KAMPALA — It is exactly one year ago, today, Saturday, July 10, since the military intelligence operatives raided Internal Security Organization (ISO) safe houses in Kisaasi near Bahai Temple.
During the raid conducted on the domestic spy agency, the military intelligence arrested and interrogated both ISO spies and their detainees in what appeared to a resurgence of internal rebellions in security forces and government.
This website understands that the detainees who included a one Rasta Kiiza, a witness in the case of former Police AIGP Felix Kaweesi murder case, Isa Arinaitwe, a CMI fugitive and Francis Khalifa a Kenyan national who was being assisted by ISO to regain his land from top government officials would later be released after spending several months is army detentions.
Arinaitwe was reportedly reabsorbed by CMI.
By this time last year, ISO was still under former Director Col. Kaka Bagyenda who according to sources, was highly shocked the lethal force by military intelligence during the raid.
President Museveni would later replace Col. Kaka with Lt Col Charles Oluka at the helm of ISO.
And in a look at Bagyenda’s three years as head of ISO, allegations of torture, human rights abuses, arbitrary arrests and internal fights among ISO agents took precedence.
Before his appointment in 2017 to take over from Brig Ronnie Balya, Col Kaka had been a retired army officer running hotel business in Kalangala District.
When he took over intelligence in 2017, he was seen as the saviour and was credited for doing reconnaissance and gathering intelligence that helped thwart internal rebellion in the army and government.
However, his honeymoon was soon over after several human rights organizations and Parliament accused ISO of carrying out human right abuses including arbitrary arrests of people and detaining them at an island in Lake Victoria for months.
In 2019, lawyers under their umbrella body, the Uganda Law Society (ULS) accused Col. Kaka of arresting, detaining and torturing citizens and usurping the powers of other security agencies and acting outside the law.
Col. Kaka denied he had done anything wrong and one of his former closest aides said the raid was not necessary.
“The raid on ISO operation houses was not necessary,” a top aide to Col. Kaka said, condemning the arrest of innocent soldiers who were guarding the facility, —” causing unnecessary scenes and destruction of property” by military intelligence.
“It was a very sad day and a sad moment,” the aide added.
Col. Kaka Bagyenda declined to comment when this reporter asked him about the July 10th raid.
He said he was in the middle of a birthday party of his one year grandson, he named Lutaalo/Lutaaro, in memory of the traumatic July 10th raid on ISO facility.
Lutaalo / Lutaaro means war in both Luganda and Lunyankole.
However, while a lot of the discourse to this day revolves around the fact that the raid on ISO under Col. Kaka was an alleged milestone in teeming torture and arbitrary arrests, some political say, the practice itself has not fizzled away but “has actually multiplied”.
“The resurgence of torture incidents reported in both the mainstream and online media platforms throughout the lockdown coupled with the near impossible process in bringing the alleged perpetrators to account should worry any right thinking Ugandan, Edward Serucaca Jnr, an Advocacy and Networking Officer at the National Coalition of Human Rights Defenders wrote.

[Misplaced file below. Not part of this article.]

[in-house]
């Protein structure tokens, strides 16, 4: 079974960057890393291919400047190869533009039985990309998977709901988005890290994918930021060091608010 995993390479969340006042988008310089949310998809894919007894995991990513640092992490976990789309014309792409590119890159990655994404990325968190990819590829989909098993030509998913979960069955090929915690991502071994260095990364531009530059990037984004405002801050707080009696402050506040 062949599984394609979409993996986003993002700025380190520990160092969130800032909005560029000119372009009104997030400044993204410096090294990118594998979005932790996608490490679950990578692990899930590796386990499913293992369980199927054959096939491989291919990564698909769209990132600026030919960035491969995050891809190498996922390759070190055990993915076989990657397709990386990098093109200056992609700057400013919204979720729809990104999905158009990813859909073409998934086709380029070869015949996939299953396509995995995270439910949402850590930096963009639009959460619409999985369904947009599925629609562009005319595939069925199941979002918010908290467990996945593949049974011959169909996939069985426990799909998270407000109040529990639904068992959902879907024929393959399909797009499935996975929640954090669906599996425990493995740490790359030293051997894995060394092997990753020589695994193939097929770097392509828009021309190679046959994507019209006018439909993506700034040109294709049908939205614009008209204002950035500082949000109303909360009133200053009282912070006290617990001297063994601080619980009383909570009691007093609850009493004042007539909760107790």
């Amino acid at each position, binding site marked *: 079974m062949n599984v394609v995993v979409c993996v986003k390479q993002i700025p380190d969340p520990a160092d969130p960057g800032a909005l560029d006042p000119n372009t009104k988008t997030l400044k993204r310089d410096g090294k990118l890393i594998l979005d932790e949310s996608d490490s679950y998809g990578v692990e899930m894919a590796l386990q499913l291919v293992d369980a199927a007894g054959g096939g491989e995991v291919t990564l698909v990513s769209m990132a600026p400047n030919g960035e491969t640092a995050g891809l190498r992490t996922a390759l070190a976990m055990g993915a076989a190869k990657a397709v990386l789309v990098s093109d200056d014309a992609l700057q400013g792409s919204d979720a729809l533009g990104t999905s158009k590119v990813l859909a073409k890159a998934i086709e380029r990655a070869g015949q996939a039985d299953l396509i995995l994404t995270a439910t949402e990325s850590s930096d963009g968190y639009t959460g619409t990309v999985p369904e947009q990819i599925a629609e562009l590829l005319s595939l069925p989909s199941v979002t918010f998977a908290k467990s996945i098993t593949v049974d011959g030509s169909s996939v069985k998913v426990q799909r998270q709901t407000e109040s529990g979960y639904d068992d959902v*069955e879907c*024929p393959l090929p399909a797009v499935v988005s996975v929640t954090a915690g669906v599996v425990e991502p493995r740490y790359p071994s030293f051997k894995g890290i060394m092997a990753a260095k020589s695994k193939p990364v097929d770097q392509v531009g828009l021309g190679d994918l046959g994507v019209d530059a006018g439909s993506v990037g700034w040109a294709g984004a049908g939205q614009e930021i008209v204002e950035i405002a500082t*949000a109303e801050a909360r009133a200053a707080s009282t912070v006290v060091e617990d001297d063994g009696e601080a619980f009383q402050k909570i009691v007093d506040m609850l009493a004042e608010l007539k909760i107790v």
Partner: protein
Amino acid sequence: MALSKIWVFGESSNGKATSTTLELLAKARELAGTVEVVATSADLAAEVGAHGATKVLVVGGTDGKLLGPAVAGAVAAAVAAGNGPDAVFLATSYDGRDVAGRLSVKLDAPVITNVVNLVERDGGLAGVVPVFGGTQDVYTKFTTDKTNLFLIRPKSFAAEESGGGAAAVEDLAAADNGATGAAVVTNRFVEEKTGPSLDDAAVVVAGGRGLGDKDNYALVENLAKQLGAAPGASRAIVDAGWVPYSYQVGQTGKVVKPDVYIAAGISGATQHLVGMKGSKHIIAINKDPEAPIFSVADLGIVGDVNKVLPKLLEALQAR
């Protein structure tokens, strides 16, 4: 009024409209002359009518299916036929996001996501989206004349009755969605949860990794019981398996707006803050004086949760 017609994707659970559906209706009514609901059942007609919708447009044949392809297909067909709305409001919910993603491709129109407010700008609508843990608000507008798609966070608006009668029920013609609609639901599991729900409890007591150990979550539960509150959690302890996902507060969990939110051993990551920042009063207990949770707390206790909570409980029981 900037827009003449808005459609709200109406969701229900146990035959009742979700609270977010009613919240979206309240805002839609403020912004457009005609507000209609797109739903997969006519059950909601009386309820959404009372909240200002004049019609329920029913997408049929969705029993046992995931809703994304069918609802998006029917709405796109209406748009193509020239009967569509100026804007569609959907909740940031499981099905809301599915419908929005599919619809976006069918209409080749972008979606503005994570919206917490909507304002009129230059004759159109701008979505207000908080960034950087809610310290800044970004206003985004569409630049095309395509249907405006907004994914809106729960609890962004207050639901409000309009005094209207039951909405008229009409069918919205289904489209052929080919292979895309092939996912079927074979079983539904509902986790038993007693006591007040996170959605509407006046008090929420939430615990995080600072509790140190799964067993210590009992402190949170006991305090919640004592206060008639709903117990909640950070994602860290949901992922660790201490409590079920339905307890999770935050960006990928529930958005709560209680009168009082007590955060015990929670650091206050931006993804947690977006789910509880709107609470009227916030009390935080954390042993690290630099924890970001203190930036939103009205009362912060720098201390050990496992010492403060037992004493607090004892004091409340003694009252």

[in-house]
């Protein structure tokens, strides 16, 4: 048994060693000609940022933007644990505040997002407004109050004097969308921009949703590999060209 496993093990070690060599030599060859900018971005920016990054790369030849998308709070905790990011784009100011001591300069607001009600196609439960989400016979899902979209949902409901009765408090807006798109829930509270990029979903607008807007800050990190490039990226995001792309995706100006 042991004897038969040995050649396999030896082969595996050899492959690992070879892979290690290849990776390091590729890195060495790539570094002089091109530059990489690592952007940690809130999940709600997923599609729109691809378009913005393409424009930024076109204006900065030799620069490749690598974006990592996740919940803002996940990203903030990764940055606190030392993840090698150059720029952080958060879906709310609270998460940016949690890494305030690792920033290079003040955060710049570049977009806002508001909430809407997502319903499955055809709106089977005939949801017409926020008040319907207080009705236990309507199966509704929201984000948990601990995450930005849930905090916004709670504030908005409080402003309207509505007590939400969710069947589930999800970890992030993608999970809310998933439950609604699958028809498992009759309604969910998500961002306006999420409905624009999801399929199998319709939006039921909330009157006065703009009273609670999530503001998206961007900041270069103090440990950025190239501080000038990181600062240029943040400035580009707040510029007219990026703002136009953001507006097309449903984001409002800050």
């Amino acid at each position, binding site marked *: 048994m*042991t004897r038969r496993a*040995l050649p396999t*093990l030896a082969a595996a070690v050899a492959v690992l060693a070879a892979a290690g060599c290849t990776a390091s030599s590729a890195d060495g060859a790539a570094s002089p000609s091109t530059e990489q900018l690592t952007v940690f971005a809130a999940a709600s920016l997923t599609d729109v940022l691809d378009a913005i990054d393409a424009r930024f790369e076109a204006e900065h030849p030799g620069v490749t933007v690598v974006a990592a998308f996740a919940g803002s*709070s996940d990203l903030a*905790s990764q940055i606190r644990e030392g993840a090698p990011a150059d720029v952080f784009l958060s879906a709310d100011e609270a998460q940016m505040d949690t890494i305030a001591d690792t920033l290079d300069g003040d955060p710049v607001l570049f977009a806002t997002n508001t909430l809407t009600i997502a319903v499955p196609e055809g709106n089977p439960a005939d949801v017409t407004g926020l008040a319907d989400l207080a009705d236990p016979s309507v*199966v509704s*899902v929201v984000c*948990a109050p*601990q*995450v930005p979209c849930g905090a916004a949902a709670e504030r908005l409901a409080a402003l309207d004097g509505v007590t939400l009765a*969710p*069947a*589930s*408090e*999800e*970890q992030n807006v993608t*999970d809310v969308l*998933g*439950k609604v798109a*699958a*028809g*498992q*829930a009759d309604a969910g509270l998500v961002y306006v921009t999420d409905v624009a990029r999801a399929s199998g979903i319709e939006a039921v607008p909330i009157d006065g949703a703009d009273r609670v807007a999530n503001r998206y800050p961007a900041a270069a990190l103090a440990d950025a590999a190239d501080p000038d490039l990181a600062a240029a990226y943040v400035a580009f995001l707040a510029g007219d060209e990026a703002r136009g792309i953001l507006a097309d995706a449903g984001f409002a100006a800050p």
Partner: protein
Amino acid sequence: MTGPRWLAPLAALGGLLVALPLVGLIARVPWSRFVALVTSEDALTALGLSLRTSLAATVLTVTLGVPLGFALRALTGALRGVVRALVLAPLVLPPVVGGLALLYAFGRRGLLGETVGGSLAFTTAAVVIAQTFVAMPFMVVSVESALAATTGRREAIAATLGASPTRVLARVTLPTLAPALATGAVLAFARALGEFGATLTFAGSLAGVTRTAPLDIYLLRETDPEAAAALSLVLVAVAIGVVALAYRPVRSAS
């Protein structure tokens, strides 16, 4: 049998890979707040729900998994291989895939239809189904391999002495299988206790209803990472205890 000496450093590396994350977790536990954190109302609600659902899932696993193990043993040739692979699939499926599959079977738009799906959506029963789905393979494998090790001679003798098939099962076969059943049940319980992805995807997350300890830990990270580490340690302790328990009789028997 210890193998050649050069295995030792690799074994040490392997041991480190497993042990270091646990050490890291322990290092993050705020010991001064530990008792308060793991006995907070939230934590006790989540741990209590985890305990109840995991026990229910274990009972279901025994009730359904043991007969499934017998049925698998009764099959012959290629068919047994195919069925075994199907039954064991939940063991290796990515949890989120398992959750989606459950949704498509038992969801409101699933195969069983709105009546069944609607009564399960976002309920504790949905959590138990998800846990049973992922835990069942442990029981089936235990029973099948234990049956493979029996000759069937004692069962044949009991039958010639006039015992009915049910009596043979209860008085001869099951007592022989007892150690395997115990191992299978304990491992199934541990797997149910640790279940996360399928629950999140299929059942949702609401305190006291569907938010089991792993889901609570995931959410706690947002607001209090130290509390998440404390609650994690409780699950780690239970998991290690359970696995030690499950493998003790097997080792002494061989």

He added: “The discouraging end results from attempts to bring a few perpetrators to justice creates doubt as to the ability of the current response actions within the justice system to act as deterrent measures contemplated under Uganda’s legislative framework aimed at preventing torture”.
Early this week, five suspects, highly covered with gruises, wounds and burn marks were arraigned before the Chief Magistrate’s Court in Nakawa on charges of terrorism and the subsequent murder of a daughter and driver to the Minister for Works and Transport General Katumba Wamala.
Those charged before Chief Magistrate Dr Douglas Singiza are;
Muhammad Kagugube alias Musiramu alias Mugisha alias Mbavumoja a Boda Boda rider and a resident of Kikaaya Zone, Kanyanya in Kawempe Division and Kamada Walusimbi alias Mudinka also a Boda Boda rider and a resident of Nabweru Zone 2.
Others are Siriman Ayuub Kisambira alias Mukwasi Koja a peasant and a resident of Kabaganda village in Kasangati Town Council, Abdulaziz Ramathan Dunku a tailor /Car Seats Repairer a resident of Matugga and Habib Ramanthan Marjan a religious teacher.
These who appeared in court with visible injuries on their body while claiming that they had been tortured, their bodies pricked all over with needles and nails, beaten while others burnt in the back and their private parts were charged with one count of terrorism, two counts of murder and two counts of attempted murder.
Court heard that the accused persons and others still at large between the months of March 2015 and June 2021 in various places in Uganda directly involved themselves in the murder of Police personnel, Uganda People Defense Forces personnel and civilians and attacks on some police establishments.
It is alleged that this was done with intent to intimidate the public or a section of the public and for political, religious and social economic aim and indiscriminately without due regard to the safety of others or property.
It was an emotional moment as some of the accused persons kept bursting in tears in court on top of their voices stating that it was due to the pain inflicted on their bodies while in custody.
Parliament is yet to make a statement on
harrowing experiences narrated by Gen Katumba suspects at the hands of security operatives in detention facilities.